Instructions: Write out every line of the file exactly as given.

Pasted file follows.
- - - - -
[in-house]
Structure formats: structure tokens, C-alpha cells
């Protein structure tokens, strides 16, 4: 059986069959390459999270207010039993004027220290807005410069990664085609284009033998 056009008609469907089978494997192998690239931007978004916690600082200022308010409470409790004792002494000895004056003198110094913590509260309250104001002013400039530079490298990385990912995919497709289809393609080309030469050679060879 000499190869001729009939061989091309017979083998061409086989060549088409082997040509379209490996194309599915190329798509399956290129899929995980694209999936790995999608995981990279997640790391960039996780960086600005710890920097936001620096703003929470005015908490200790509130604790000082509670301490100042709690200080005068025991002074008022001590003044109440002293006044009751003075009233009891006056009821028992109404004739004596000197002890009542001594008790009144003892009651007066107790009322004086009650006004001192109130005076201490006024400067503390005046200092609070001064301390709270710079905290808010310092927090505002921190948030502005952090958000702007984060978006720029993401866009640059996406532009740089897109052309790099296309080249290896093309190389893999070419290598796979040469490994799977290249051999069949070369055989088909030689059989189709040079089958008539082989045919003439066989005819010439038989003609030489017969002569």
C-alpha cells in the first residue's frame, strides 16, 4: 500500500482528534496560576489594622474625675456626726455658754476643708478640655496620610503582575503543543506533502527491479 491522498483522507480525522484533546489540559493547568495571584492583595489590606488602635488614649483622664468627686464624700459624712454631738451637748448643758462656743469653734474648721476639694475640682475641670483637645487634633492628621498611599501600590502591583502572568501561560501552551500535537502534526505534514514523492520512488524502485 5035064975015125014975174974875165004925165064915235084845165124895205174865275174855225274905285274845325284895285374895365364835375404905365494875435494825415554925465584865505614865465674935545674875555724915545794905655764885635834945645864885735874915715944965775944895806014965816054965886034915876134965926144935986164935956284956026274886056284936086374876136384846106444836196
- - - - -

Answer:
[in-house]
Structure formats: structure tokens, C-alpha cells
């Protein structure tokens, strides 16, 4: 059986069959390459999270207010039993004027220290807005410069990664085609284009033998 056009008609469907089978494997192998690239931007978004916690600082200022308010409470409790004792002494000895004056003198110094913590509260309250104001002013400039530079490298990385990912995919497709289809393609080309030469050679060879 000499190869001729009939061989091309017979083998061409086989060549088409082997040509379209490996194309599915190329798509399956290129899929995980694209999936790995999608995981990279997640790391960039996780960086600005710890920097936001620096703003929470005015908490200790509130604790000082509670301490100042709690200080005068025991002074008022001590003044109440002293006044009751003075009233009891006056009821028992109404004739004596000197002890009542001594008790009144003892009651007066107790009322004086009650006004001192109130005076201490006024400067503390005046200092609070001064301390709270710079905290808010310092927090505002921190948030502005952090958000702007984060978006720029993401866009640059996406532009740089897109052309790099296309080249290896093309190389893999070419290598796979040469490994799977290249051999069949070369055989088909030689059989189709040079089958008539082989045919003439066989005819010439038989003609030489017969002569």
C-alpha cells in the first residue's frame, strides 16, 4: 500500500482528534496560576489594622474625675456626726455658754476643708478640655496620610503582575503543543506533502527491479 491522498483522507480525522484533546489540559493547568495571584492583595489590606488602635488614649483622664468627686464624700459624712454631738451637748448643758462656743469653734474648721476639694475640682475641670483637645487634633492628621498611599501600590502591583502572568501561560501552551500535537502534526505534514514523492520512488524502485 5035064975015125014975174974875165004925165064915235084845165124895205174865275174855225274905285274845325284895285374895365364835375404905365494875435494825415554925465584865505614865465674935545674875555724915545794905655764885635834945645864885735874915715944965775944895806014965816054965886034915876134965926144935986164935956284956026274886056284936086374876136384846106444836196